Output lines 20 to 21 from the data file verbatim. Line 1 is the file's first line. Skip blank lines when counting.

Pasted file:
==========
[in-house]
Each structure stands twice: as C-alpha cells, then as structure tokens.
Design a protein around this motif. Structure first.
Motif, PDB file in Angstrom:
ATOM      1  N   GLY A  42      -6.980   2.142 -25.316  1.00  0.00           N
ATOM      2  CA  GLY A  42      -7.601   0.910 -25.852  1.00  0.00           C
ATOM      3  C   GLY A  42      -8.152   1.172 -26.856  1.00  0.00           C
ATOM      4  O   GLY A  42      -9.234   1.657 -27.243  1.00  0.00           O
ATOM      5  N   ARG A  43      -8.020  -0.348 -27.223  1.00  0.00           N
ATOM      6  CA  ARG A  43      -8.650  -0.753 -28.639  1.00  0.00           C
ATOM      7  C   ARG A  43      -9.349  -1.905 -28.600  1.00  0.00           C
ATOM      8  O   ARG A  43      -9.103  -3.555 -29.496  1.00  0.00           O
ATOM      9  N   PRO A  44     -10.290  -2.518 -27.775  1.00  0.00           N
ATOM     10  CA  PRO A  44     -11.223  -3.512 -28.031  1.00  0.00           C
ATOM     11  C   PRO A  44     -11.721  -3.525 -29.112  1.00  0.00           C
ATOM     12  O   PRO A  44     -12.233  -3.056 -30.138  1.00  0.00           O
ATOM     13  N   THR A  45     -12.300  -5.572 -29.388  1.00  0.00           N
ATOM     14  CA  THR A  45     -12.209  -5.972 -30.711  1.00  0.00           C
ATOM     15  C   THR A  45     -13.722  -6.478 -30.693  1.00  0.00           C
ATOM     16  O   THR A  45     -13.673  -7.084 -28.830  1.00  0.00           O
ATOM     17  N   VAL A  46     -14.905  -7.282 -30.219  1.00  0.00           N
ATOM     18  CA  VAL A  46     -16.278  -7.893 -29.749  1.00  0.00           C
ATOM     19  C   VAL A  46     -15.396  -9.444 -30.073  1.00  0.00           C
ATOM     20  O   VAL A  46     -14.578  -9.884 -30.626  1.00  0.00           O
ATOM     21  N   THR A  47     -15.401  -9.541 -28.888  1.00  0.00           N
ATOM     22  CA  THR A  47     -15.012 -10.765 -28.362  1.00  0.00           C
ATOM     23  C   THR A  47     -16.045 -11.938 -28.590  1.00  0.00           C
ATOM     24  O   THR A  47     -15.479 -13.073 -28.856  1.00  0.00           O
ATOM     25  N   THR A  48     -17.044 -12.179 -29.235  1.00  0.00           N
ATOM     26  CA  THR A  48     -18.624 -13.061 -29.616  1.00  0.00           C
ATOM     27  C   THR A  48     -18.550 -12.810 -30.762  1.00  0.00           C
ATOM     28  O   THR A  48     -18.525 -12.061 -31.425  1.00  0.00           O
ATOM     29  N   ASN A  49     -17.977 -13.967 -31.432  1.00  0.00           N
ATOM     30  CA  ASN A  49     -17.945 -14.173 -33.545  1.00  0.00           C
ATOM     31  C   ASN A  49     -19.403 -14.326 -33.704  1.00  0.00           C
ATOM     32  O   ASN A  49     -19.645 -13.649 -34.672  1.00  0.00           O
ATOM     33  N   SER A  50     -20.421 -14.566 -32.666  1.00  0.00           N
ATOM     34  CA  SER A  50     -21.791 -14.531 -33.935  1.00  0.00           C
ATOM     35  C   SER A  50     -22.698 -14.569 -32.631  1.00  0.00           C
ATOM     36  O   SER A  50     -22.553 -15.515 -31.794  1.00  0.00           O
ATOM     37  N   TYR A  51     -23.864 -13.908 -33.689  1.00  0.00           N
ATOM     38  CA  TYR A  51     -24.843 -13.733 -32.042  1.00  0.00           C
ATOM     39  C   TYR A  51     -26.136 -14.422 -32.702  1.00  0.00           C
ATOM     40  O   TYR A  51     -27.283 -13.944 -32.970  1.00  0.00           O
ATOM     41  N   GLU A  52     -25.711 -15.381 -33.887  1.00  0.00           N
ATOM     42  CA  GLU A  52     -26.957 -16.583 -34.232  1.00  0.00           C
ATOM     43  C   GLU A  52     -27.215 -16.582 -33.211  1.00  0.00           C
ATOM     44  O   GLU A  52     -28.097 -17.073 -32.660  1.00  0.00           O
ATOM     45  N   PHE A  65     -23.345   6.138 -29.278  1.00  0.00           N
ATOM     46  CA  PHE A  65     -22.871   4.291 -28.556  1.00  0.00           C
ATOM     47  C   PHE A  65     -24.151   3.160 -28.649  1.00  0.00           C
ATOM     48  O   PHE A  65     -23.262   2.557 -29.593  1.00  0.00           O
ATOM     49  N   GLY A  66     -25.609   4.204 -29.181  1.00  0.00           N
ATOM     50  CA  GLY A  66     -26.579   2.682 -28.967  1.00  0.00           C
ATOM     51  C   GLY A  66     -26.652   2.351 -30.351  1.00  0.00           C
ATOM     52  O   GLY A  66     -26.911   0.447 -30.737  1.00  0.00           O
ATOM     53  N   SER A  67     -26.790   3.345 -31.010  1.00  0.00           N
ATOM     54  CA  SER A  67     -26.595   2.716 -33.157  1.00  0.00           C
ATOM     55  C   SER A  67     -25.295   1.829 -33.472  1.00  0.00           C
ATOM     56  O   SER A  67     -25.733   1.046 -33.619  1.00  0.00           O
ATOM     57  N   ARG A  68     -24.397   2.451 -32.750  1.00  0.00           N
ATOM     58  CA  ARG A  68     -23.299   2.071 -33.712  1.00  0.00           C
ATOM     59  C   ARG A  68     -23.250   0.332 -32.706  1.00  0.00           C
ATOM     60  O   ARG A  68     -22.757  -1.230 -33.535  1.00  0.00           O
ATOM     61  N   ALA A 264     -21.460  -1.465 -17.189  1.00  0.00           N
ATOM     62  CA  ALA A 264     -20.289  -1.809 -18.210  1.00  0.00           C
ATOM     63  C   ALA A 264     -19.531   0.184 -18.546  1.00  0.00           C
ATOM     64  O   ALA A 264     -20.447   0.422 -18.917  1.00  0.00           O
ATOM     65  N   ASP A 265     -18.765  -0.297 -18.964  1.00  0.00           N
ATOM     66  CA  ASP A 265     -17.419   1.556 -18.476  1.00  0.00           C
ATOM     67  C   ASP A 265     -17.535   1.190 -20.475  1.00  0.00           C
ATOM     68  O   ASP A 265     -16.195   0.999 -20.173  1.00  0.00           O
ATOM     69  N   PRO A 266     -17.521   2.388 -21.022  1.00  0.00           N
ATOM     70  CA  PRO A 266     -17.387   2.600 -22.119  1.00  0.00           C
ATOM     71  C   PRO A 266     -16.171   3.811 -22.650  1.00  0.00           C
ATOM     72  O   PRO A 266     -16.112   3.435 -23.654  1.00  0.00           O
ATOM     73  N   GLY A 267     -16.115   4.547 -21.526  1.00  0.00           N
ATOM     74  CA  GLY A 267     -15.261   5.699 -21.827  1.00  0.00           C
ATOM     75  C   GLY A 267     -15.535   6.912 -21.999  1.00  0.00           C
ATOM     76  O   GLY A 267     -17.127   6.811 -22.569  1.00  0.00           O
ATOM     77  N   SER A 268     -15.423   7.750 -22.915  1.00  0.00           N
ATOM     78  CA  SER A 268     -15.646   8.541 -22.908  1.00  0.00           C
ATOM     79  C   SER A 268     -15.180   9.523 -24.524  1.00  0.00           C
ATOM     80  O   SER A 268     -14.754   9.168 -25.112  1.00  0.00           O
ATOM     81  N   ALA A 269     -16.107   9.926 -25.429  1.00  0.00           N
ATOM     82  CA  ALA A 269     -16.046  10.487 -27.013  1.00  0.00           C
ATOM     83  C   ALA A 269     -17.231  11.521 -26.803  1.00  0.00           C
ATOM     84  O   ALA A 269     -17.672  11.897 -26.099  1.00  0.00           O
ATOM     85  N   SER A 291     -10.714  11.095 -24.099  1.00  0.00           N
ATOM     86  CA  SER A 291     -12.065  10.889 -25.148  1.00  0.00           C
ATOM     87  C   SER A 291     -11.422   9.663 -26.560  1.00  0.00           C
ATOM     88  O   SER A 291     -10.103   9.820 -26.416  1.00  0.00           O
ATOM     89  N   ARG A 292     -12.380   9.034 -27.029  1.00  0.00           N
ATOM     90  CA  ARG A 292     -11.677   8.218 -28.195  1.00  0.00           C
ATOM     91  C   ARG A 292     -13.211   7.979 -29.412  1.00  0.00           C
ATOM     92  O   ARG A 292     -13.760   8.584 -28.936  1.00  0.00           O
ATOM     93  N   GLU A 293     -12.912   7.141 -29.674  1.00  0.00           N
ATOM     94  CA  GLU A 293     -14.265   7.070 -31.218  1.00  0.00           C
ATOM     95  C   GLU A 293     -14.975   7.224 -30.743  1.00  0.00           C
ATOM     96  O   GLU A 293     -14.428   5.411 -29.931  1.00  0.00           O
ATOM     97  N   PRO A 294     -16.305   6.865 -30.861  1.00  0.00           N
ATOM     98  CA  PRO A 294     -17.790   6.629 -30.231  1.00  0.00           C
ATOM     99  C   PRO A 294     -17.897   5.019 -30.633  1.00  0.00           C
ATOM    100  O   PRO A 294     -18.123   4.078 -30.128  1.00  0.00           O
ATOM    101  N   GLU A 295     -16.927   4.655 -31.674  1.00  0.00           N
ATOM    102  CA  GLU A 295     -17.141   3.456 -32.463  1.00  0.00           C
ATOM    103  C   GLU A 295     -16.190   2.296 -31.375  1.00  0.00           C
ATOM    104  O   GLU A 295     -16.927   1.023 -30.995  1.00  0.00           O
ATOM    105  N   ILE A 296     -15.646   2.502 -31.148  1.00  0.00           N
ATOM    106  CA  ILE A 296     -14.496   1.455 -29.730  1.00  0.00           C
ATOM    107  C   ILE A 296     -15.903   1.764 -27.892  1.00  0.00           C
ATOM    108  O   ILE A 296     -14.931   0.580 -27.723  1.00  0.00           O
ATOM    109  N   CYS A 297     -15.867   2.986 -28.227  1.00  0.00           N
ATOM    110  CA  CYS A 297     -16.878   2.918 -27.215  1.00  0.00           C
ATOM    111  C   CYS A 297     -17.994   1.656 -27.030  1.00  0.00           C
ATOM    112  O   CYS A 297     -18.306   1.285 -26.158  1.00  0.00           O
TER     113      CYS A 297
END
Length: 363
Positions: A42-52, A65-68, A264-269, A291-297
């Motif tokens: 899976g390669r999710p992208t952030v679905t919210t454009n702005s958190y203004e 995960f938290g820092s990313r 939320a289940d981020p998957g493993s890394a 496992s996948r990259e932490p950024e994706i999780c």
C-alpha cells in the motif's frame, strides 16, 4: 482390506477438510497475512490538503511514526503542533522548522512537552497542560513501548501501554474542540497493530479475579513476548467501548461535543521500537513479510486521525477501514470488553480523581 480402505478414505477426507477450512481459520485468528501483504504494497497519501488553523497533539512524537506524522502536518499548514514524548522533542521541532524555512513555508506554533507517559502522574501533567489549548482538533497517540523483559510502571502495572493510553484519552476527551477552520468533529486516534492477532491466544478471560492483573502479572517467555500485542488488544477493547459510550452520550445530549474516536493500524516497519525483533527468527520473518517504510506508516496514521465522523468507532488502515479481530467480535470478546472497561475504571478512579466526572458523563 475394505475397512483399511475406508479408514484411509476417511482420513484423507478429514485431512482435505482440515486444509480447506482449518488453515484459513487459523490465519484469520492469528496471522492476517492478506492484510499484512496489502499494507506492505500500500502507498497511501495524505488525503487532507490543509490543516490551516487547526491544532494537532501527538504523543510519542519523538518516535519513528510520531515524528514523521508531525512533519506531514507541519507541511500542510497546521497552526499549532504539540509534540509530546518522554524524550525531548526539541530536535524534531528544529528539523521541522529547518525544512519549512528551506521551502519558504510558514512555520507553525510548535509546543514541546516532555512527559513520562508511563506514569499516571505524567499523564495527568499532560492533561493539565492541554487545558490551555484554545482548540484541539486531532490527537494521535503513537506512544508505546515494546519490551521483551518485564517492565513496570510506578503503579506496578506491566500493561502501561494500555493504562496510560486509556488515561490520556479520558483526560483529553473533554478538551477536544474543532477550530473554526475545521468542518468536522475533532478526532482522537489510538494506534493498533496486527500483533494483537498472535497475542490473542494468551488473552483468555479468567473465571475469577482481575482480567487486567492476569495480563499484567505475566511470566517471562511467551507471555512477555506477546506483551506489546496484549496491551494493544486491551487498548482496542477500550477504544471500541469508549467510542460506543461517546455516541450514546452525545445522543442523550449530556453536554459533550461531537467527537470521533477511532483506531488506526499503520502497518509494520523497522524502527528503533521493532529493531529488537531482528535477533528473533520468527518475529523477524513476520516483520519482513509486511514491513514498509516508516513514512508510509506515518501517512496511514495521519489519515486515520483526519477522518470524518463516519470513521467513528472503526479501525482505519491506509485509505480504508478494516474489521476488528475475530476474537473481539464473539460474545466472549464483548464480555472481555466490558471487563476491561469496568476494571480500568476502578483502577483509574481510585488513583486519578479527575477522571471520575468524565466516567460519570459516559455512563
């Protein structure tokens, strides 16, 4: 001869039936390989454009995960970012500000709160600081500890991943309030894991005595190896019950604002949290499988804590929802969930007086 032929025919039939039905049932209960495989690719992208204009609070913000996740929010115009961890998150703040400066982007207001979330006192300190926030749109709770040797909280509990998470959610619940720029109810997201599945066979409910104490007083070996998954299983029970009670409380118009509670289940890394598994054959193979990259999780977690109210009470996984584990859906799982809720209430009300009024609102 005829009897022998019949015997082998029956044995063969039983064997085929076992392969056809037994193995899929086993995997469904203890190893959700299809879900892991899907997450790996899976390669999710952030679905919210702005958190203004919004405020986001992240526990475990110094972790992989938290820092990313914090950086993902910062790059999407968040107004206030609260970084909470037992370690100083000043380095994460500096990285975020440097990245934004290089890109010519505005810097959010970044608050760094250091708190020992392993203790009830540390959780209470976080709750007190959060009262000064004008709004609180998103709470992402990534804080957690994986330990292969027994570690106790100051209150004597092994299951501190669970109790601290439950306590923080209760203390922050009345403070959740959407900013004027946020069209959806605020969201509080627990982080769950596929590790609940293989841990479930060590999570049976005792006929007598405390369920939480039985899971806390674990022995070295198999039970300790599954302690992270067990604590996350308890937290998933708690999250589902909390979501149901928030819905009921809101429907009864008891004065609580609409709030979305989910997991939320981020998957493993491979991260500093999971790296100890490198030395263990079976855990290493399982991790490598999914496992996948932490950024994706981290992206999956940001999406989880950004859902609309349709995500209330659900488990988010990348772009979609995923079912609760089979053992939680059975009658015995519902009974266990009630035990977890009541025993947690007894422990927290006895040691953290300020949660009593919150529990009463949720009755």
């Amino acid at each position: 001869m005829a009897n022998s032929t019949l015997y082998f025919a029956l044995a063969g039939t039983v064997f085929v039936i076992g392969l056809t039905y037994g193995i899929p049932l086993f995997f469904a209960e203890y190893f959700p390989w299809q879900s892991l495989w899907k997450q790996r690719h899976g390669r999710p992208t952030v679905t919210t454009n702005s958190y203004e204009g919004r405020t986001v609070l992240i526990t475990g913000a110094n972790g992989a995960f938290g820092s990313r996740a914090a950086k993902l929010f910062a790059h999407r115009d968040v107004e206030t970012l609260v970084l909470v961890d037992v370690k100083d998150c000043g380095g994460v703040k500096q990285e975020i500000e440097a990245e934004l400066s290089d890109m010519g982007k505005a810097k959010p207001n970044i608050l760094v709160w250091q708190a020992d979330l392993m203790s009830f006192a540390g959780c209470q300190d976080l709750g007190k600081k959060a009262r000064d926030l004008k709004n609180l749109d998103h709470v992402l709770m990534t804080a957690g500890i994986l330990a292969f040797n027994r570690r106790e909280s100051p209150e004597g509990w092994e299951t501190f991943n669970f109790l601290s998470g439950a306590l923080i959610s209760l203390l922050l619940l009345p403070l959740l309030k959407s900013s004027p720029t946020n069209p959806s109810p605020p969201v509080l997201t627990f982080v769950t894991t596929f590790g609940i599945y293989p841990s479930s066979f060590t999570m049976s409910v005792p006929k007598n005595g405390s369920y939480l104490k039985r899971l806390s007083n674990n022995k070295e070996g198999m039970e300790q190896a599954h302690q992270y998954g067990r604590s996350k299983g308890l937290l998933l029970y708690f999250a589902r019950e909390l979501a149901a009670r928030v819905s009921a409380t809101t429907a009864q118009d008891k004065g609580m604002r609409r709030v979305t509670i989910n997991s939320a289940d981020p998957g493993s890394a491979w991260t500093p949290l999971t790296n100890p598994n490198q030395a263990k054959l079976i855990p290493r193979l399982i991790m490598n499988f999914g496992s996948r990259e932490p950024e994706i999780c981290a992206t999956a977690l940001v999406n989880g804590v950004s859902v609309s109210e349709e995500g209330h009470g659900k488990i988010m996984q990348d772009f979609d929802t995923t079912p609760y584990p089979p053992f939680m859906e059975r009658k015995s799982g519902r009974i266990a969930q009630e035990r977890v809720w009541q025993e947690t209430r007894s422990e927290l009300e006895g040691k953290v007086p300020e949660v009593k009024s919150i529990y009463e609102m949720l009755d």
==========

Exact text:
ATOM     16  O   THR A  45     -13.673  -7.084 -28.830  1.00  0.00           O
ATOM     17  N   VAL A  46     -14.905  -7.282 -30.219  1.00  0.00           N